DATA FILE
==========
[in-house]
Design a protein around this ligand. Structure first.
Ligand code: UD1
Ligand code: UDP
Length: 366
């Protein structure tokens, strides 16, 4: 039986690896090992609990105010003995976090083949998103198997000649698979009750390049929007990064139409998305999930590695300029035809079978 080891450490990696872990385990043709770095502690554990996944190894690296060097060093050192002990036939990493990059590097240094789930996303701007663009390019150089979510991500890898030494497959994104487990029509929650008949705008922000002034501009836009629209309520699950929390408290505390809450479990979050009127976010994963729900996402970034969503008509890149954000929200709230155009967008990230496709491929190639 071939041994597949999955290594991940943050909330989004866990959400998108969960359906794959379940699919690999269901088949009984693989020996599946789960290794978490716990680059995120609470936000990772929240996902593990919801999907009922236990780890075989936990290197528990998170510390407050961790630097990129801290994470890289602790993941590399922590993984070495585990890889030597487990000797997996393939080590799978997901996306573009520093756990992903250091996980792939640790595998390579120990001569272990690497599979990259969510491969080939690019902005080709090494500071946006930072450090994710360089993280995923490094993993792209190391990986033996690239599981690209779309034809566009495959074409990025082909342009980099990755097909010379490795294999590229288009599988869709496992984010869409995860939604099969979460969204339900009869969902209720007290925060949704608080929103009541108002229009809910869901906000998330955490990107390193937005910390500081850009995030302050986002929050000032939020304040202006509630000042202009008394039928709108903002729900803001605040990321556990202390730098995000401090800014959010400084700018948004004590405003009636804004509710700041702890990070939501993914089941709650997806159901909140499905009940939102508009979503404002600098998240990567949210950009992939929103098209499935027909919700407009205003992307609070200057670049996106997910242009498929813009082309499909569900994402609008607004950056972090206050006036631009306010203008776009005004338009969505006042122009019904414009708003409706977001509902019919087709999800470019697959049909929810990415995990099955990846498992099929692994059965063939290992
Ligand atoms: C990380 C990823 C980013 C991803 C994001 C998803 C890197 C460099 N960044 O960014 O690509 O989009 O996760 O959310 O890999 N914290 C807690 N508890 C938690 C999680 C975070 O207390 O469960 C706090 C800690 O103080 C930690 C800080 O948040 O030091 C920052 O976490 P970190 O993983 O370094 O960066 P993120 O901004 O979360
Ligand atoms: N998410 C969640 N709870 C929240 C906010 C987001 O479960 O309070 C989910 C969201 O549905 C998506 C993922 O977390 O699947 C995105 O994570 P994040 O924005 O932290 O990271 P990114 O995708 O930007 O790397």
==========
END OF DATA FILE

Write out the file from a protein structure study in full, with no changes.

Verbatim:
[in-house]
Design a protein around this ligand. Structure first.
Ligand code: UD1
Ligand code: UDP
Length: 366
């Protein structure tokens, strides 16, 4: 039986690896090992609990105010003995976090083949998103198997000649698979009750390049929007990064139409998305999930590695300029035809079978 080891450490990696872990385990043709770095502690554990996944190894690296060097060093050192002990036939990493990059590097240094789930996303701007663009390019150089979510991500890898030494497959994104487990029509929650008949705008922000002034501009836009629209309520699950929390408290505390809450479990979050009127976010994963729900996402970034969503008509890149954000929200709230155009967008990230496709491929190639 071939041994597949999955290594991940943050909330989004866990959400998108969960359906794959379940699919690999269901088949009984693989020996599946789960290794978490716990680059995120609470936000990772929240996902593990919801999907009922236990780890075989936990290197528990998170510390407050961790630097990129801290994470890289602790993941590399922590993984070495585990890889030597487990000797997996393939080590799978997901996306573009520093756990992903250091996980792939640790595998390579120990001569272990690497599979990259969510491969080939690019902005080709090494500071946006930072450090994710360089993280995923490094993993792209190391990986033996690239599981690209779309034809566009495959074409990025082909342009980099990755097909010379490795294999590229288009599988869709496992984010869409995860939604099969979460969204339900009869969902209720007290925060949704608080929103009541108002229009809910869901906000998330955490990107390193937005910390500081850009995030302050986002929050000032939020304040202006509630000042202009008394039928709108903002729900803001605040990321556990202390730098995000401090800014959010400084700018948004004590405003009636804004509710700041702890990070939501993914089941709650997806159901909140499905009940939102508009979503404002600098998240990567949210950009992939929103098209499935027909919700407009205003992307609070200057670049996106997910242009498929813009082309499909569900994402609008607004950056972090206050006036631009306010203008776009005004338009969505006042122009019904414009708003409706977001509902019919087709999800470019697959049909929810990415995990099955990846498992099929692994059965063939290992
Ligand atoms: C990380 C990823 C980013 C991803 C994001 C998803 C890197 C460099 N960044 O960014 O690509 O989009 O996760 O959310 O890999 N914290 C807690 N508890 C938690 C999680 C975070 O207390 O469960 C706090 C800690 O103080 C930690 C800080 O948040 O030091 C920052 O976490 P970190 O993983 O370094 O960066 P993120 O901004 O979360
Ligand atoms: N998410 C969640 N709870 C929240 C906010 C987001 O479960 O309070 C989910 C969201 O549905 C998506 C993922 O977390 O699947 C995105 O994570 P994040 O924005 O932290 O990271 P990114 O995708 O930007 O790397």